Follow is nothing but forward motion on the cue ball after contact with the object ball. Imagine a straight forward blue from near the pink spot with a loose red in the baulk area. You will have to hit the cue ball with low to medium speed and high to medium amount of follow to get there and be able to play the red.

How do you achieve good follow? Simply put, keep your hands loose, increase the distance between your hand and a cue ball by a little bit, and hit it higher than normal to make the cue ball travel forward. When executing a follow shot, don’t try to hit the cue ball harder than normal, instead, concentrate more on the amount of follow you have put. This rule can be broken if you want to break a cluster of balls, which is an advanced concept, and if you are a beginner level player, you can just skip it for now. I will try and put an article on the high force cluster breaking shot after potting the black with follow, and some other cases as well, in a few days. You can check it if you think that you know all the basic shots, and your game is good enough to move on. For now, you can look at the following images –>

The shot below is a straight forward hit on the blue to cause it to go into the center pocket. Try this shot at different speeds and different amount of follow, to cause it to just land in the pocket. Use good high english and low speed, medium high english and medium speed, and just a little high english and high speed. The next step would be to try out this shot with various other balls on the table. You can start by going in-off with the green in one of the bottom corner pockets.

High english and medium to low speed on the cue ball causes
it to go into the pocket with ease
The next two shots just show the direction the cue ball will land after the follow shot, when hit from the right as well as from the left side of the table.
An angled follow shot in which the CB will travel towards the baulk.
An angled follow shot in which the CB will travel towards the reds.
This next shot is an advanced shot and one must only play it when one has crossed the initial stage of learning to effortlessly pot the OB at various angles, and when he/she is looking to make big breaks. Try this shot only when you feel that the black will go in the pocket at all costs and when there is no other easily reachable loose red. To land on a red after the shot involves a bit of luck, combined with the knowledge of where to hit the pack with the CB. Hit the triangular pack of reds on the corner (as shown in the below picture) to make the white ball stop nearby and split some reds (3-4 if you are lucky). If you hit it on the side near to the black, then you would have to hit it hard for the cue ball to come back somewhere near the center of this side of the table. If you hit it on the side of the pack which is near the top side pocket, then the white will start travelling towards the baulk, even if it somehow hits the pack. Hit this shot only when you want to clip one or two reds from the pack. Avoid this in all other situations. So the best bet would be to hit it on the corner red as shown in the picture.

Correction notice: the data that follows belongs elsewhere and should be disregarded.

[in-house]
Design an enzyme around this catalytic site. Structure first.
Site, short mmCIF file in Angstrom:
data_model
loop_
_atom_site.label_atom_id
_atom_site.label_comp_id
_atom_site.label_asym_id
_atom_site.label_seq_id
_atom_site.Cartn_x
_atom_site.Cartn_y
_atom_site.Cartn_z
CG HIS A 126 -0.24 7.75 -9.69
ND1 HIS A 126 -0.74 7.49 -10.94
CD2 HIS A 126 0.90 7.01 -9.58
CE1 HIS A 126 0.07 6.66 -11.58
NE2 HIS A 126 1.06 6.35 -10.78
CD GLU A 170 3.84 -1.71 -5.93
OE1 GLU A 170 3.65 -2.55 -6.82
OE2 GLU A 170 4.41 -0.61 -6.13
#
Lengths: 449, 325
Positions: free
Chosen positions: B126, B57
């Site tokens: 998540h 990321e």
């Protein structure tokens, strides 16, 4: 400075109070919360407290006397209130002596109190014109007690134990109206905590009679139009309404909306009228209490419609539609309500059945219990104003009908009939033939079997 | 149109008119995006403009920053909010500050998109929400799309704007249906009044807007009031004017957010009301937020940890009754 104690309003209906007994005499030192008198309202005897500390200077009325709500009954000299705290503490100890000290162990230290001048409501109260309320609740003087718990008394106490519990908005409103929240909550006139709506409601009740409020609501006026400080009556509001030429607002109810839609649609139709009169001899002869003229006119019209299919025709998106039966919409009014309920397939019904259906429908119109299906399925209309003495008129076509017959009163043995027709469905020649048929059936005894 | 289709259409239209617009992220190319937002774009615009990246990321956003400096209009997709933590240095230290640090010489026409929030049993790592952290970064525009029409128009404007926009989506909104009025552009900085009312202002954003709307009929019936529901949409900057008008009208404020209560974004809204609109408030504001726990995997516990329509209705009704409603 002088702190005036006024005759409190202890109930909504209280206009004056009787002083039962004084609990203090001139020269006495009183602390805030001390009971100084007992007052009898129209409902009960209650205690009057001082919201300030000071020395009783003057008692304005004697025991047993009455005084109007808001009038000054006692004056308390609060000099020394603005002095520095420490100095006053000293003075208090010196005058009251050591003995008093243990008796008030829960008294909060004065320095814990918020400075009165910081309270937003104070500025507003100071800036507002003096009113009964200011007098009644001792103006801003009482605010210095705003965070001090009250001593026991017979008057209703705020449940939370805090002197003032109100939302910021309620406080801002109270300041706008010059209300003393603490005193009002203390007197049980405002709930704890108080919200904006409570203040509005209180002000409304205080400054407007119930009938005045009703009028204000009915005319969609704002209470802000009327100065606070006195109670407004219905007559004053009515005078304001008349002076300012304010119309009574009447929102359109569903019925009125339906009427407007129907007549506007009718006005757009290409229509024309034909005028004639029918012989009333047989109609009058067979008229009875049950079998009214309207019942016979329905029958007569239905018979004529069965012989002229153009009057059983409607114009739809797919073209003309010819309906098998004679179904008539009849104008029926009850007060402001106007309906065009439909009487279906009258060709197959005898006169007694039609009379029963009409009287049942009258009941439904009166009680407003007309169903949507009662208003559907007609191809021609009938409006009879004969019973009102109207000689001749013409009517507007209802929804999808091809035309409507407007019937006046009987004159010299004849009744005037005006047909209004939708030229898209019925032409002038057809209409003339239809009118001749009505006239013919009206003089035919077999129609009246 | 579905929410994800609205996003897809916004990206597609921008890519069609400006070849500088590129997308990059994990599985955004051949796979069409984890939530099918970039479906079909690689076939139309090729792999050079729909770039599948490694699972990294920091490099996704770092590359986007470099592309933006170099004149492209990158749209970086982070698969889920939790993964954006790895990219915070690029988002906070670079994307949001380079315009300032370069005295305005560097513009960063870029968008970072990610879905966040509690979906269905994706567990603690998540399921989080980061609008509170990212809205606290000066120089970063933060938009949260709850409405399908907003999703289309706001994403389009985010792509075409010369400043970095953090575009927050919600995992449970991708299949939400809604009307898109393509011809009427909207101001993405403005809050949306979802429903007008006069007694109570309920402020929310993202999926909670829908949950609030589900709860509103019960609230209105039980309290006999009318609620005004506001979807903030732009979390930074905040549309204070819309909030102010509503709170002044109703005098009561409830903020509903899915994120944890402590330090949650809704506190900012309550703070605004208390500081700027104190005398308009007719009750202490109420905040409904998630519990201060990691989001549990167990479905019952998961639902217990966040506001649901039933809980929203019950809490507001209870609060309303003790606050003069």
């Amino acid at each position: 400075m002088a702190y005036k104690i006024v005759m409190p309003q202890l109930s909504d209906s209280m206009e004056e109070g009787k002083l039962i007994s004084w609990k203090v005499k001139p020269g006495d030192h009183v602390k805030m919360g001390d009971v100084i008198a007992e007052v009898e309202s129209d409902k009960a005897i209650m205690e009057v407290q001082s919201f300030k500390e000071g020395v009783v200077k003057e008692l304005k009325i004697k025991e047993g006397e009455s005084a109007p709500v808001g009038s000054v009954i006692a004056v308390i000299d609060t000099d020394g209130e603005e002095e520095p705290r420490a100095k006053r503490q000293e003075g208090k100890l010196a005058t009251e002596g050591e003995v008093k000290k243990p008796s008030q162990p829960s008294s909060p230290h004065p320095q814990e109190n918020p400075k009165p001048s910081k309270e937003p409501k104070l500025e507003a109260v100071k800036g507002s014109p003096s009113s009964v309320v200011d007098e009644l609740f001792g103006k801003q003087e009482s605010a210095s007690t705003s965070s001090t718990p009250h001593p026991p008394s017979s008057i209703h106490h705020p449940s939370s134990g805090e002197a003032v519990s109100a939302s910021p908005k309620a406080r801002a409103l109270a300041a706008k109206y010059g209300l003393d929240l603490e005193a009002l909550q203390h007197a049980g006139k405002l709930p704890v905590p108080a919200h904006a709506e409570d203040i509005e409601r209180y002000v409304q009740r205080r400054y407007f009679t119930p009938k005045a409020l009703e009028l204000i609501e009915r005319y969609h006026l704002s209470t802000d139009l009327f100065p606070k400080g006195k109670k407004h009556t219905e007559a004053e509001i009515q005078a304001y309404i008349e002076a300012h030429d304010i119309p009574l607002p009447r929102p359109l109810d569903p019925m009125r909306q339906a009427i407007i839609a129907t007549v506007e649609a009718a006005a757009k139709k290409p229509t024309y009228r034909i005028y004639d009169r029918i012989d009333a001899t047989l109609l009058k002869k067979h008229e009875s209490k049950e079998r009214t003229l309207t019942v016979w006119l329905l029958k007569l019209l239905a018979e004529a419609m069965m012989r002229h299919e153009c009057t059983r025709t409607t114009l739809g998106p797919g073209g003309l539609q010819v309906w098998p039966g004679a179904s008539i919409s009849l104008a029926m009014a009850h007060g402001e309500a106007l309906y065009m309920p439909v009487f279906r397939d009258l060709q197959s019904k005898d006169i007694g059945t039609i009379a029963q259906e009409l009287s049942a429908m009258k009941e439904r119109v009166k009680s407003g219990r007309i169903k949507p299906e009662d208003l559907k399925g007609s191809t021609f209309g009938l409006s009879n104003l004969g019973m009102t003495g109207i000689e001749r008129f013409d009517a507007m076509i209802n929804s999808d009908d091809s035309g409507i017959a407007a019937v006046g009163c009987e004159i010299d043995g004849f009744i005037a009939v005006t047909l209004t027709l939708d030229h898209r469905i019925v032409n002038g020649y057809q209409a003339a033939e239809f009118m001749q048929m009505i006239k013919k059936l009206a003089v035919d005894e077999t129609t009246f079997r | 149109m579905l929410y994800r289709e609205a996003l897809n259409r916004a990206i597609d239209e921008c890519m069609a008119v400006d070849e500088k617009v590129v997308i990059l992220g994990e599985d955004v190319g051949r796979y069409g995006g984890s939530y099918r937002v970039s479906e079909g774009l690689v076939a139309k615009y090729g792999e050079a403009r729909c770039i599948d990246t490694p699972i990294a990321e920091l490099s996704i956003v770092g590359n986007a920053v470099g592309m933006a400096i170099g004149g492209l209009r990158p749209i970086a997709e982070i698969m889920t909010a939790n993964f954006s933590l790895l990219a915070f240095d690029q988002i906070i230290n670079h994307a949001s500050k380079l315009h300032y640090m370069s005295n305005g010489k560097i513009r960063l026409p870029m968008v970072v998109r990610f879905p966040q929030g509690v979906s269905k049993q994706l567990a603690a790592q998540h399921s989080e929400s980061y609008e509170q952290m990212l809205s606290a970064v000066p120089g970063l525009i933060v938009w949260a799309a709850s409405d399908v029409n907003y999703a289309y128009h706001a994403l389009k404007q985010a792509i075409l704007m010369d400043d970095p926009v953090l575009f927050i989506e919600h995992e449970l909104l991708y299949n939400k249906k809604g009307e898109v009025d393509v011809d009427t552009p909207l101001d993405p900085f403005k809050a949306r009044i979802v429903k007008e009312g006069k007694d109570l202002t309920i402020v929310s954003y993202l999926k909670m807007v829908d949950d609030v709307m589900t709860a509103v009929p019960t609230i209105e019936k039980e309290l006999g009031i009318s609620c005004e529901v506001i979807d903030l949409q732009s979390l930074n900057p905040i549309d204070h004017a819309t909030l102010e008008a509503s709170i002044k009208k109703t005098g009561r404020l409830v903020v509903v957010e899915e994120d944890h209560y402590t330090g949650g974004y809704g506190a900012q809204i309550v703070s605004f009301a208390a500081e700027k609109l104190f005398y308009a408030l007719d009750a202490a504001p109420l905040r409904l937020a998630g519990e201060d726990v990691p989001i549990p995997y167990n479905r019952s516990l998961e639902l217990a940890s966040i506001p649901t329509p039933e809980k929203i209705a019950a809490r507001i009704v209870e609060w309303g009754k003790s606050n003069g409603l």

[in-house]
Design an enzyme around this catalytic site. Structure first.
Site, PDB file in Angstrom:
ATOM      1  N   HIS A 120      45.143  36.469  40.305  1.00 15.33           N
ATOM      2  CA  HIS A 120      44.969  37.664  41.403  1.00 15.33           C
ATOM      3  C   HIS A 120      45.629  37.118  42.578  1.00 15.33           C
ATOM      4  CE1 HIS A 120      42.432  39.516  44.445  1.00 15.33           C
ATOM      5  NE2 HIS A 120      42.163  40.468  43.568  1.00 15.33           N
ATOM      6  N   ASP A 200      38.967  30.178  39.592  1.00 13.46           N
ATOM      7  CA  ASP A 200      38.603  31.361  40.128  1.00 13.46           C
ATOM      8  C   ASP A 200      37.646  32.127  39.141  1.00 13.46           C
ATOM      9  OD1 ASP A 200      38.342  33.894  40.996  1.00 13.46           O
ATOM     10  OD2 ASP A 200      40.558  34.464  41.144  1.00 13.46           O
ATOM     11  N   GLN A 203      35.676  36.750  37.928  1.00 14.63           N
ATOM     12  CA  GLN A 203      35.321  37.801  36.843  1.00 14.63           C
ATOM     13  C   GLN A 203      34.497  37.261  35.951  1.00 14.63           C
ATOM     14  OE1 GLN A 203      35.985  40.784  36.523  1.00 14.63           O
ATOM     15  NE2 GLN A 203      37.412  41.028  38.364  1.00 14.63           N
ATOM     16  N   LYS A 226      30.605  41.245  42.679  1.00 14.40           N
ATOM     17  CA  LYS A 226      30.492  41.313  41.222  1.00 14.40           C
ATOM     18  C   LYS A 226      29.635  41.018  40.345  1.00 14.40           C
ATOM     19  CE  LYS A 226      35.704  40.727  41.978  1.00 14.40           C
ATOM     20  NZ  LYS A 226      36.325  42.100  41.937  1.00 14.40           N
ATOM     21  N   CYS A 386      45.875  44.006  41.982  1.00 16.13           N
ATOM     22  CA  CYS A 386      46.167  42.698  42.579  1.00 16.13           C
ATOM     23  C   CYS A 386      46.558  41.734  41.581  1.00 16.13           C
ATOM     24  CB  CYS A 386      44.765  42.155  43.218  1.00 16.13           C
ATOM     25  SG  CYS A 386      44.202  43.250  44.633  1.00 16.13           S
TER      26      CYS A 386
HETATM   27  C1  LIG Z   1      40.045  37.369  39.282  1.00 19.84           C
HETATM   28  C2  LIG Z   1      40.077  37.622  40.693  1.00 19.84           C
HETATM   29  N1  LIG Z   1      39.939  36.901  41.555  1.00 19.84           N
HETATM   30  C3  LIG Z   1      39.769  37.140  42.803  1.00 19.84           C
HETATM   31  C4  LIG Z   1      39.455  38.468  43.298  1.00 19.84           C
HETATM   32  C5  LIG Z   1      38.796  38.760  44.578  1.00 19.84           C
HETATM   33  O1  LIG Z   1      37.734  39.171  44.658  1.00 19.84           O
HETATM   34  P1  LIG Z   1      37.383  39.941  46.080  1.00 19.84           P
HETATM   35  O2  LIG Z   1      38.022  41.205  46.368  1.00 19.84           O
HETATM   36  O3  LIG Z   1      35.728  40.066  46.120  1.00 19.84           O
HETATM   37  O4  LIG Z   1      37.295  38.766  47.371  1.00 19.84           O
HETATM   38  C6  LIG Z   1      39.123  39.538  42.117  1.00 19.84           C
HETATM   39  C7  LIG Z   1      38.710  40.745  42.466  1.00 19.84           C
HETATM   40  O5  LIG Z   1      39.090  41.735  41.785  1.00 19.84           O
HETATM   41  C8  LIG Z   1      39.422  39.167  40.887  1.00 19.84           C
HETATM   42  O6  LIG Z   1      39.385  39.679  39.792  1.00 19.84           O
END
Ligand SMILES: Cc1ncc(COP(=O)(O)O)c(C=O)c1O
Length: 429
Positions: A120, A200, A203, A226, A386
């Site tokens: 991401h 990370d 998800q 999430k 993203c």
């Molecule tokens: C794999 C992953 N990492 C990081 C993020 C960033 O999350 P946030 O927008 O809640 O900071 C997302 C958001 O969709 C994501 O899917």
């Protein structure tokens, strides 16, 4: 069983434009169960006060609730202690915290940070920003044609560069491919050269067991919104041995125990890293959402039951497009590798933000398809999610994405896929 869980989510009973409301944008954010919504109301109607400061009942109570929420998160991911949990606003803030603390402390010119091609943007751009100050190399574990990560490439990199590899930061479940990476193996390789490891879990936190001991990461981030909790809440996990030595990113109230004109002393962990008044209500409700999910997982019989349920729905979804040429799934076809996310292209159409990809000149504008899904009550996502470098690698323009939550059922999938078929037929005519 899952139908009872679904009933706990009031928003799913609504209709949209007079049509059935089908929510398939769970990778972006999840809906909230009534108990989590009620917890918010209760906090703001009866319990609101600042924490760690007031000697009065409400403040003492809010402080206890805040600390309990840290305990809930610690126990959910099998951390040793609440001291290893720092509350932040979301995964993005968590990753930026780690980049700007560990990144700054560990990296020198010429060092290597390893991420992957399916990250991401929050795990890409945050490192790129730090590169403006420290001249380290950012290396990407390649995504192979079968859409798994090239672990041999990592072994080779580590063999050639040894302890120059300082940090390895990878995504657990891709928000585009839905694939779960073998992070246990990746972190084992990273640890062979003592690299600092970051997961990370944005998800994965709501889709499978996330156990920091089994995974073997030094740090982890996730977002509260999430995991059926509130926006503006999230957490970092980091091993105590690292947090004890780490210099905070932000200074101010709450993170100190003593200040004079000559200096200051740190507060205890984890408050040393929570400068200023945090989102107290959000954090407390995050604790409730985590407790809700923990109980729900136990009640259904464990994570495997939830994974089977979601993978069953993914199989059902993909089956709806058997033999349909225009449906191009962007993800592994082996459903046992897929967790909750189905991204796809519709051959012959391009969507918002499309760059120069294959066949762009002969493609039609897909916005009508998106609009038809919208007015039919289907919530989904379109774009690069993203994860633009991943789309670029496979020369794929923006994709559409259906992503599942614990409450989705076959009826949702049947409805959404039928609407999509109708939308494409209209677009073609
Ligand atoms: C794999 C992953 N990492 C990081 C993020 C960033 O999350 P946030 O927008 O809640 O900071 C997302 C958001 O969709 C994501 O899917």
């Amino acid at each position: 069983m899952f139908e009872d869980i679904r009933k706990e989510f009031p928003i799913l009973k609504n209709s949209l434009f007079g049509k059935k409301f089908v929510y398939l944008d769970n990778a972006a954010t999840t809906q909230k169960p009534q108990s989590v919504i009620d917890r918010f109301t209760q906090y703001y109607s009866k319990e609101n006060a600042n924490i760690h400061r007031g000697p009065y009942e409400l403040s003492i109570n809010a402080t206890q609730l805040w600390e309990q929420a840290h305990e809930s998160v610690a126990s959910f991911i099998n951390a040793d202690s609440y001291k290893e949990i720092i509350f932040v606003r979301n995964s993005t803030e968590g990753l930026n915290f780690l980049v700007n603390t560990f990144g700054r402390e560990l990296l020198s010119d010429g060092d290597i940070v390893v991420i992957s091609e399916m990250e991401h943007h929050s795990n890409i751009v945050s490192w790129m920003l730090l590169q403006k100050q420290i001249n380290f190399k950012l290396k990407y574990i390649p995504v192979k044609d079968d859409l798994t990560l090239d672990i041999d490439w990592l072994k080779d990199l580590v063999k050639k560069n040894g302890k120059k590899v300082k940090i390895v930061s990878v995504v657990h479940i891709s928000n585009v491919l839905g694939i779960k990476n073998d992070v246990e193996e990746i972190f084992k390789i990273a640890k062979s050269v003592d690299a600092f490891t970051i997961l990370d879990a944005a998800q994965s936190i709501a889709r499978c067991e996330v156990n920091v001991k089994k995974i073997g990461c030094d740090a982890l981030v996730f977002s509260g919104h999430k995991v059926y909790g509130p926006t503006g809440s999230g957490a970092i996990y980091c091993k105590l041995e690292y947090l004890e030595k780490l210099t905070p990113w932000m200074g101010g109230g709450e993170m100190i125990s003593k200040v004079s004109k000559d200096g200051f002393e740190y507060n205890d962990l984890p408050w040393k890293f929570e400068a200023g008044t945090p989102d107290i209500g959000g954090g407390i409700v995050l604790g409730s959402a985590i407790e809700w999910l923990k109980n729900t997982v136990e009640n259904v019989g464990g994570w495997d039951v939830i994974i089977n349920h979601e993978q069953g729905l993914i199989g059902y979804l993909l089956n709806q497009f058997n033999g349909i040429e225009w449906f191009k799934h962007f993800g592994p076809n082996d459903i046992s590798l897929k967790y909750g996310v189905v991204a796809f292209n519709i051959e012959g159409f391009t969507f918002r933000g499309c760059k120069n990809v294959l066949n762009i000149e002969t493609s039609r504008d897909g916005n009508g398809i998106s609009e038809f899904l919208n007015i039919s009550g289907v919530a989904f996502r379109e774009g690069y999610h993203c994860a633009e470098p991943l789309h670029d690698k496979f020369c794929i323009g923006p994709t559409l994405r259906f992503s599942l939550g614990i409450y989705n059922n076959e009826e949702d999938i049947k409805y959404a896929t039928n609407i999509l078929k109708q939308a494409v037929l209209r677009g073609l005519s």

Play this shot with high follow, medium-high to high speed
and high english, maybe even a bit of right hand english
if the cut is at an angle which causes it to miss the reds long.
A little analysis of the follow shot if someone wants to read.
  • Use high follow and high speed in situations when you have to make the CB travel multiple rails, and / or break a cluster of balls.
  • Use high follow and low to medium speed in situations when you want to ensure that the cue ball doesn’t stun or stun run through, but follows like it naturally should.
  • Use medium follow and medium speed when you want the CB to travel medium distances, maybe even with a little bit of stun run through.
  • Use low follow and medium to high speed for a stun run through.
Try it out on the table. It is very easy once you get the hang of it. In my opinion it is the easiest of the three; stun, screw back and follow.

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